This 100% gluten-free blog has hundreds of recipes — but I’ve rounded up the TOP 25 reader and family favorite Thanksgiving recipes into one convenient post!
Each one of these recipes is TRIED-AND-TRUE. I hope you find a recipe you love too!
Table of Contents
- Top 10 Gluten-Free Thanksgiving Side Dishes
- Top 5 Gluten-Free Thanksgiving Pies
- Top 10 Gluten-Free Thanksgiving Desserts (Non-Pie!)
- What Can Gluten-Free People Eat on Thanksgiving?
- How Can I Make Sure My Food Is Safe for Gluten-Free Guests?
- Tips for Making Gluten-Free Meals
- MORE RECENT THANKSGIVING RECIPES
Top 10 Gluten-Free Thanksgiving Side Dishes
I have dozens of gluten-free side dishes on my website, but if I had to narrow it down to my TOP 10 gluten-free thanksgiving sides, these are my picks!
Top 5 Gluten-Free Thanksgiving Pies
If you’re gluten-free, you can definitely eat pie on Thanksgiving. Here are my TOP 5 Gluten-Free Thanksgiving Pie recipes!
Top 10 Gluten-Free Thanksgiving Desserts (Non-Pie!)
Here are my TOP 10 Gluten-Free Thanksgiving Desserts. All of these recipes are reader and family favorites!
What Can Gluten-Free People Eat on Thanksgiving?
There are many dishes gluten-free people can enjoy on Thanksgiving. In fact, many of the best holiday dishes are naturally gluten-free! (Like turkey, potatoes, and green beans, and fruit salad.)
I’ve come up with tasty gluten-free versions of other Thanksgiving dishes, such as gluten-free stuffing, pie, and rolls. No matter what you have in mind for Thanksgiving, it can probably be made gluten-free.
Just remember, if you’re not sure if an ingredient or dish is gluten-free, it’s always best to check the ingredients list or label. For example, regular turkey is gluten-free, but stuffed turkey is not.
If someone else made the recipe, ask them exactly what is in it before you add it to your plate. Better safe than sorry!
How Can I Make Sure My Food Is Safe for Gluten-Free Guests?
If you’re serving gluten-free guests this Thanksgiving, it’s important to take extra precautions to avoid cross-contamination. Even a gluten-free dish could be unsafe for your guests with Celiac disease, if it mixes with gluten ingredients.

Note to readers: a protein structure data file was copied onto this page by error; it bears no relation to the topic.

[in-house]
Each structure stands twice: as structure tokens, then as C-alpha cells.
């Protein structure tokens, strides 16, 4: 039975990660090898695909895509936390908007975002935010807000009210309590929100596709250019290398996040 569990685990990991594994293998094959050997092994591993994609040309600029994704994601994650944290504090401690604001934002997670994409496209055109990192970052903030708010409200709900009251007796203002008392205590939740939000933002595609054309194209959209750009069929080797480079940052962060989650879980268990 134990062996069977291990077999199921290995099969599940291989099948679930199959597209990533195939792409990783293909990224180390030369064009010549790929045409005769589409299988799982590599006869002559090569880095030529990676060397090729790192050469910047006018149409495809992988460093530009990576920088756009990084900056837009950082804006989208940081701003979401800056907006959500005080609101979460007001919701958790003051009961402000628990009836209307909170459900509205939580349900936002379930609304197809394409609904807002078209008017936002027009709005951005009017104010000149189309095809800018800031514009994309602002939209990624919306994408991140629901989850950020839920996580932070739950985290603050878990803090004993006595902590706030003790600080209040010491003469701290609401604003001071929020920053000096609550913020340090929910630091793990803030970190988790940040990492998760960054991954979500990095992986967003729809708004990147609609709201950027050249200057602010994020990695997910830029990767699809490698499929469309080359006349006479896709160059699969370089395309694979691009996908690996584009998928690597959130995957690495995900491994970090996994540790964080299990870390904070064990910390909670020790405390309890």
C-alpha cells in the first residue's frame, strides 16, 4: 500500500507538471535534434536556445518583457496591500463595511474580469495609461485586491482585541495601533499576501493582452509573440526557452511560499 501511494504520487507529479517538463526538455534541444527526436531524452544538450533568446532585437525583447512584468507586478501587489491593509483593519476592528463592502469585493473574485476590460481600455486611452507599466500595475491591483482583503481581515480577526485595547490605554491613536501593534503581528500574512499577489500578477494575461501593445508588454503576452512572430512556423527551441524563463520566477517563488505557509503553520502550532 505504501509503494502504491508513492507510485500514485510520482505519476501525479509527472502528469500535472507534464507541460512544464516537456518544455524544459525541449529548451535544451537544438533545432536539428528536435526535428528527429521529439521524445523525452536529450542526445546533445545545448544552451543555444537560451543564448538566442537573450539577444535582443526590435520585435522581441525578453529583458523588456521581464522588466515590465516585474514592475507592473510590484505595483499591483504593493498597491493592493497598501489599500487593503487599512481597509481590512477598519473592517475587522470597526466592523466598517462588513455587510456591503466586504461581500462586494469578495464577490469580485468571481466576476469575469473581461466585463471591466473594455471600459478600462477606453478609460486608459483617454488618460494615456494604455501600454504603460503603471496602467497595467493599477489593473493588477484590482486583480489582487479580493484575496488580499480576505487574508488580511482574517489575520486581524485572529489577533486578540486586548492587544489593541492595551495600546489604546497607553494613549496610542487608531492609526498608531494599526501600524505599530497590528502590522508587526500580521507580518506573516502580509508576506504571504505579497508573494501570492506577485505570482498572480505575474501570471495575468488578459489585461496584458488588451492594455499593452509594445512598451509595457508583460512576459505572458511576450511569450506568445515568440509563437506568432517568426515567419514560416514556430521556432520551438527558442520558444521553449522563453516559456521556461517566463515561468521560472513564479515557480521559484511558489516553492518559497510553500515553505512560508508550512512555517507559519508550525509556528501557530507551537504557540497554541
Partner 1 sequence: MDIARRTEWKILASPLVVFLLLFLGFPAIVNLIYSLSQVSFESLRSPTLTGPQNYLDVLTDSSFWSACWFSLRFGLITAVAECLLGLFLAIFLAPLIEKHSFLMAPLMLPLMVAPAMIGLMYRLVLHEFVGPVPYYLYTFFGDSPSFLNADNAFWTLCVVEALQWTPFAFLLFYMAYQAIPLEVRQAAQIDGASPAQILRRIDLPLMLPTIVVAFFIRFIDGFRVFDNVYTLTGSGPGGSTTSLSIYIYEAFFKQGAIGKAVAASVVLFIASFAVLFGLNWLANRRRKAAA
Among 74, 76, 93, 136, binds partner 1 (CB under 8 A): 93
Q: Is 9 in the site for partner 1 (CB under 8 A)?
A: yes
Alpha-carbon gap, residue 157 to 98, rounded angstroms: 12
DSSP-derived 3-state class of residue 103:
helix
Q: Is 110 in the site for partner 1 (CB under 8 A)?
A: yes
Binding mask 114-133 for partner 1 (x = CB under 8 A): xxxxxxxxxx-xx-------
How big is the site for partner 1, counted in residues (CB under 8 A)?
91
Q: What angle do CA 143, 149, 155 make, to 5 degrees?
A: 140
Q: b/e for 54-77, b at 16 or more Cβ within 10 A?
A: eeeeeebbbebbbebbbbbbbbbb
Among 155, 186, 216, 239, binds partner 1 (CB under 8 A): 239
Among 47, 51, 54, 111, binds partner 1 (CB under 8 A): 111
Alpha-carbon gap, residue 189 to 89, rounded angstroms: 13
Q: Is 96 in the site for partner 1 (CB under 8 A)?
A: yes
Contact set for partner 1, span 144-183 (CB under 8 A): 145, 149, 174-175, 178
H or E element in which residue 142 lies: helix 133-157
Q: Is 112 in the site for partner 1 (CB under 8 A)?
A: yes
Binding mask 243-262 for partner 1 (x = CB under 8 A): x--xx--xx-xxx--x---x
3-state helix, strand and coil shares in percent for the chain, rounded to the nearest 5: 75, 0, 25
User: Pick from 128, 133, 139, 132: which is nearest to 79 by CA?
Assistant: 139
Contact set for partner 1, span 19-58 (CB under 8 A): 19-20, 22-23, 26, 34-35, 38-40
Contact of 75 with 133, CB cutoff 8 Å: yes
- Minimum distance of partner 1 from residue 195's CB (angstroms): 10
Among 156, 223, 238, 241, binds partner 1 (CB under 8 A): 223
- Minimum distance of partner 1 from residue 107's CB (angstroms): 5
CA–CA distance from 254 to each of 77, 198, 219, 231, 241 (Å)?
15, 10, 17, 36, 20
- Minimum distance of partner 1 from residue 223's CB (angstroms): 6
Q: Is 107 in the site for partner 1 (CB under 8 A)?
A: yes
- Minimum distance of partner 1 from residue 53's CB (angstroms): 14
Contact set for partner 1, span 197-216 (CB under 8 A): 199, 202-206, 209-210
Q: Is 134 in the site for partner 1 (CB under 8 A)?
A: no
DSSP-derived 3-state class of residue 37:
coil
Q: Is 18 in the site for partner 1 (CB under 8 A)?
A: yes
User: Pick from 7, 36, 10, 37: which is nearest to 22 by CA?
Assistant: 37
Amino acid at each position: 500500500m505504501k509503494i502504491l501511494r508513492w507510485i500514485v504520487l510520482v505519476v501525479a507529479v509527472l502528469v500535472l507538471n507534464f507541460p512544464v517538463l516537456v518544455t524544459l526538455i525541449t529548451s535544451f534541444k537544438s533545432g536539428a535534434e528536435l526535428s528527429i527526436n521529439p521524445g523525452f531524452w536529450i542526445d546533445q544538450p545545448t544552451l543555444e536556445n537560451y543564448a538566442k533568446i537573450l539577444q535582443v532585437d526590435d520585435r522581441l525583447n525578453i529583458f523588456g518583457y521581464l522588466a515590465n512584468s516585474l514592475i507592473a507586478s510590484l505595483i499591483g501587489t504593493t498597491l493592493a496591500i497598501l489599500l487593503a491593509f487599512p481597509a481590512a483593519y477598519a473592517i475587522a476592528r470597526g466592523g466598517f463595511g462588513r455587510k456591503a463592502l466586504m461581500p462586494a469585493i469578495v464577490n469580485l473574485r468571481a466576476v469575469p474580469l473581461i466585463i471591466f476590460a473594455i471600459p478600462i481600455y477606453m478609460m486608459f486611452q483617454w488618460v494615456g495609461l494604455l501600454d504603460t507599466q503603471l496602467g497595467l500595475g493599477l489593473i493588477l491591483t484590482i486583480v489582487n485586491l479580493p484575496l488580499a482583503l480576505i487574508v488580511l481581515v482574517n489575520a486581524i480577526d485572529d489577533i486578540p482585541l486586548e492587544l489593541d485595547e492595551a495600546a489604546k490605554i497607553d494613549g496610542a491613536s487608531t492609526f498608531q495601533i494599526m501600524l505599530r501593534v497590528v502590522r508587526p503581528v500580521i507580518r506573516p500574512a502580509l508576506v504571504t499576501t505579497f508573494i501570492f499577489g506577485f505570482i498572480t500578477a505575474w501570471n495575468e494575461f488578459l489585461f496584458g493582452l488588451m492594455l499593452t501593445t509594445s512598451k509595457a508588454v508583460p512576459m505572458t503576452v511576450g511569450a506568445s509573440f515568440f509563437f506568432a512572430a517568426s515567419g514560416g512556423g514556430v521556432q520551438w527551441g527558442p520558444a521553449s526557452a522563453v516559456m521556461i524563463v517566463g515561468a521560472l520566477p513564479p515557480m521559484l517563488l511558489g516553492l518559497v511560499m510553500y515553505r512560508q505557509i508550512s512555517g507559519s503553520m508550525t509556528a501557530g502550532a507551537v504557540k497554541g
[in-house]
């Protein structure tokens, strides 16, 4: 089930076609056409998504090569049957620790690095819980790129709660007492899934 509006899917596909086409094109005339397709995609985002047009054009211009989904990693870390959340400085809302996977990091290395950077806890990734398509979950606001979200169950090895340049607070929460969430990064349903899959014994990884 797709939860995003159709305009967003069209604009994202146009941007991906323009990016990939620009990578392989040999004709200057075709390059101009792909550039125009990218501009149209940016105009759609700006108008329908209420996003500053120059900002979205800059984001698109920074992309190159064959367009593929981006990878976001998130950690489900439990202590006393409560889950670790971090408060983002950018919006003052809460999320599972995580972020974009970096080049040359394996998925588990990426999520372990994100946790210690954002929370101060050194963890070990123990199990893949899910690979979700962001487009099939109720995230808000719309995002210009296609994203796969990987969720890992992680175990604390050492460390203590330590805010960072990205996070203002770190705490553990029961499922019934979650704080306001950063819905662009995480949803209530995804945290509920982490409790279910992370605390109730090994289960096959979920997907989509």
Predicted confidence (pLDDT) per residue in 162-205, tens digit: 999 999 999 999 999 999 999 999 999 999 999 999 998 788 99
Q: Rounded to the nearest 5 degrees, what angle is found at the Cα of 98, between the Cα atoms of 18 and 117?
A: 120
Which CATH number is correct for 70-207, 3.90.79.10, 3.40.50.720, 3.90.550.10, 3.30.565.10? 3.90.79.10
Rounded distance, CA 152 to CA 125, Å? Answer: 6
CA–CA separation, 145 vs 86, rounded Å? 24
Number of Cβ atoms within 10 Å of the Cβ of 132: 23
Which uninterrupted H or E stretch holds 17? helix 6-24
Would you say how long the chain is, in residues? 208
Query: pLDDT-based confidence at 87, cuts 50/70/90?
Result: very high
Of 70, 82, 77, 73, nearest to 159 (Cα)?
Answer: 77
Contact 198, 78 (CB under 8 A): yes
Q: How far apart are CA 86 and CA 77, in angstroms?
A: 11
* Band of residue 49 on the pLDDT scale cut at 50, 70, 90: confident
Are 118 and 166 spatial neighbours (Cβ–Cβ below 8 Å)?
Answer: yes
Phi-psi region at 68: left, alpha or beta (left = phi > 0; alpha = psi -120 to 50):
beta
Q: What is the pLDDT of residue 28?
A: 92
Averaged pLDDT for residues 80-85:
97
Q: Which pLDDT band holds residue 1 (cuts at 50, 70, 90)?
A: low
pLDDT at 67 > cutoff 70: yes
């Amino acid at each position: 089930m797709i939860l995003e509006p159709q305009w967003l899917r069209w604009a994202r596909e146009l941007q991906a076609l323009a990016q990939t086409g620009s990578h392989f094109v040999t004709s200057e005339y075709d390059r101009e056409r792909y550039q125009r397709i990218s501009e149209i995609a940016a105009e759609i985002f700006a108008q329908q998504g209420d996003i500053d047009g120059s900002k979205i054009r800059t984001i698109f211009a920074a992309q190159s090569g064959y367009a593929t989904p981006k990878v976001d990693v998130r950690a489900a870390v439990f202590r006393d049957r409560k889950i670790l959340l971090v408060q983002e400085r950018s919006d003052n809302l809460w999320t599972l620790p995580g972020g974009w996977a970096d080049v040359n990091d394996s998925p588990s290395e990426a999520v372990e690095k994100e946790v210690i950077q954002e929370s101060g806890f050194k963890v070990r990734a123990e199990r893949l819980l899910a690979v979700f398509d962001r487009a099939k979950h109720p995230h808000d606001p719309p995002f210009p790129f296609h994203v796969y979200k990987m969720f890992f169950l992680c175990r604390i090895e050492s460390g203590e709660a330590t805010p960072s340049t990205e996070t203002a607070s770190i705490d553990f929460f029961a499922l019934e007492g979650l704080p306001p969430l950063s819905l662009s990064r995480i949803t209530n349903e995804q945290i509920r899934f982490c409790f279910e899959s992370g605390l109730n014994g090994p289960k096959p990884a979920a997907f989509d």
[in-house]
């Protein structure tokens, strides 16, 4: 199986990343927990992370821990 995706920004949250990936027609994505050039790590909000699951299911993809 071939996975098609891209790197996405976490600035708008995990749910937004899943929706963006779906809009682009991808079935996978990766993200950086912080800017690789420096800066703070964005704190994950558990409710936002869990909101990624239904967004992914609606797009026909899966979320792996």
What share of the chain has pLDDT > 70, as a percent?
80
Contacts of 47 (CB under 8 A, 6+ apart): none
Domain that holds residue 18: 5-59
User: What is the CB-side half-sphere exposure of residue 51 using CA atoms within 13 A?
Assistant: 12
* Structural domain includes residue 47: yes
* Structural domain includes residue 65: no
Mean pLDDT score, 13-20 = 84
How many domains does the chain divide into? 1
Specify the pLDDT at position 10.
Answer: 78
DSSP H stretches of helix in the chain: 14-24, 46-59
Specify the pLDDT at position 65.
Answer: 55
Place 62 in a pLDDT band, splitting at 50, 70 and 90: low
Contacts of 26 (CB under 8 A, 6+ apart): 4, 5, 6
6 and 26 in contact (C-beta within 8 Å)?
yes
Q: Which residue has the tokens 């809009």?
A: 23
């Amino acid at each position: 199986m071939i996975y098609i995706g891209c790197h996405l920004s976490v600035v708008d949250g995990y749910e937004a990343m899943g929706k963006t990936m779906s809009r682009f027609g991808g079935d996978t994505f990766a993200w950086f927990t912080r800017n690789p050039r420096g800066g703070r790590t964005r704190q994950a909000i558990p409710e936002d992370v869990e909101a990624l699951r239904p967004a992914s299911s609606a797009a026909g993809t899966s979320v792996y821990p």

Here are some tips to help ensure your food is safe for gluten-free guests:
- Clean surfaces as you go. A clean kitchen will help you stay organized and less stressed, but it will also prevent ingredients from cross-contaminating.
- Bake in advance. If you’re baking gluten-containing desserts or side dishes, bake those recipes a day or two in advance, and then clean thoroughly afterward.
- Use separate serving spoons/trays. Serve gluten-free dishes on their own trays or in their own bowls. Use dedicated serving spoons or forks for those items, and make sure they don’t get use to serve gluten dishes.
Tips for Making Gluten-Free Meals
- Watch out for bottled and boxed foods: Many shelf-stable foods have additives that contain gluten. If you’re buying store-bought rice pilaf, canned beans, etc., read the label to make sure it’s gluten-free.
- Use gluten replacements: If you’re baking a recipes that typically requires gluten, the meal won’t come together without it. Gluten makes things stick together, so you’ll need to replace it with gluten-free flour, xanthan gum, or guar gum.
- Make your own dressings and sauces: Like other shelf-stable foods, many store-bought salad dressings and sauces contain gluten. While you can buy gluten-free versions, it’s usually cheaper (and tastier) to make your own!
- Some ingredients are naturally gluten-free: Don’t stress! Some of the most basic dinner ingredients are naturally gluten-free, such as plain meat, chicken, fish, vegetables, fruits, legumes, cheese, eggs, and nuts.
It depends. An unstuffed turkey is typically gluten-free, although it’s always best to check to see how it is prepared. A stuffed turkey is not gluten-free, since stuffing is made with wheat flour.
No, a person with Celiac disease should avoid eating a stuffed turkey, since it is typically stuffed with bread made of wheat flour. If you know that the turkey was stuffed with gluten-free stuffing, then it’s probably okay!
There are many alternatives to turkey that would work great as a Thanksgiving main dish, such as salmon, pork tenderloin, or steak. If you want to avoid meat, consider making lasagna, a vegetable pot pie, or butternut squash soup.
Your Thanksgiving dinner can include as few or as many sides as you’d like. Most people serve around three or four side dishes, such as stuffing, mashed potatoes, green beans, and salad.
Turkey is by far the most popular Thanksgiving food, followed by mashed potatoes and pie.
I hope you like these gluten-free Thanksgiving recipes as much as we do! Be sure to check out my full collection of gluten-free thanksgiving desserts.
If you try any of these recipes, be sure to leave me a comment/rating below. I’d love to hear from you!